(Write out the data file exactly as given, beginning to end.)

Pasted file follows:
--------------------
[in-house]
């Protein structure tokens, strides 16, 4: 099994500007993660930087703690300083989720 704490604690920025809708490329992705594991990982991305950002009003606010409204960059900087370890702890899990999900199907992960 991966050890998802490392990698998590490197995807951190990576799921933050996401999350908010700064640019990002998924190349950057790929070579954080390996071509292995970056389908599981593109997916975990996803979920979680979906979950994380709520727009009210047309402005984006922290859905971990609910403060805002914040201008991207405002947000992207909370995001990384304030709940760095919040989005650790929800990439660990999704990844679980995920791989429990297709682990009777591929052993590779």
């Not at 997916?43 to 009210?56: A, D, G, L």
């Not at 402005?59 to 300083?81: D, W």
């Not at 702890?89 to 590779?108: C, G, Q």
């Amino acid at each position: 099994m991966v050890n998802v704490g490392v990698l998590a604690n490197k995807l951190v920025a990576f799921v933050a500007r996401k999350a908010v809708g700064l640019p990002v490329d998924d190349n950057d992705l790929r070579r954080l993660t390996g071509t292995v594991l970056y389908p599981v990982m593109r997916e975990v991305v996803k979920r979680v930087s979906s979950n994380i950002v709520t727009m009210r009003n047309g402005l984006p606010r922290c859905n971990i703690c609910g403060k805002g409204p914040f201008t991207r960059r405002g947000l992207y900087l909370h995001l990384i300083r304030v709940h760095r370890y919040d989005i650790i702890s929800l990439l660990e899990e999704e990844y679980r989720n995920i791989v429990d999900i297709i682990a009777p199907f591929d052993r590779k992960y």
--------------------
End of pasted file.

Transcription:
[in-house]
């Protein structure tokens, strides 16, 4: 099994500007993660930087703690300083989720 704490604690920025809708490329992705594991990982991305950002009003606010409204960059900087370890702890899990999900199907992960 991966050890998802490392990698998590490197995807951190990576799921933050996401999350908010700064640019990002998924190349950057790929070579954080390996071509292995970056389908599981593109997916975990996803979920979680979906979950994380709520727009009210047309402005984006922290859905971990609910403060805002914040201008991207405002947000992207909370995001990384304030709940760095919040989005650790929800990439660990999704990844679980995920791989429990297709682990009777591929052993590779």
């Not at 997916?43 to 009210?56: A, D, G, L």
């Not at 402005?59 to 300083?81: D, W």
């Not at 702890?89 to 590779?108: C, G, Q």
């Amino acid at each position: 099994m991966v050890n998802v704490g490392v990698l998590a604690n490197k995807l951190v920025a990576f799921v933050a500007r996401k999350a908010v809708g700064l640019p990002v490329d998924d190349n950057d992705l790929r070579r954080l993660t390996g071509t292995v594991l970056y389908p599981v990982m593109r997916e975990v991305v996803k979920r979680v930087s979906s979950n994380i950002v709520t727009m009210r009003n047309g402005l984006p606010r922290c859905n971990i703690c609910g403060k805002g409204p914040f201008t991207r960059r405002g947000l992207y900087l909370h995001l990384i300083r304030v709940h760095r370890y919040d989005i650790i702890s929800l990439l660990e899990e999704e990844y679980r989720n995920i791989v429990d999900i297709i682990a009777p199907f591929d052993r590779k992960y």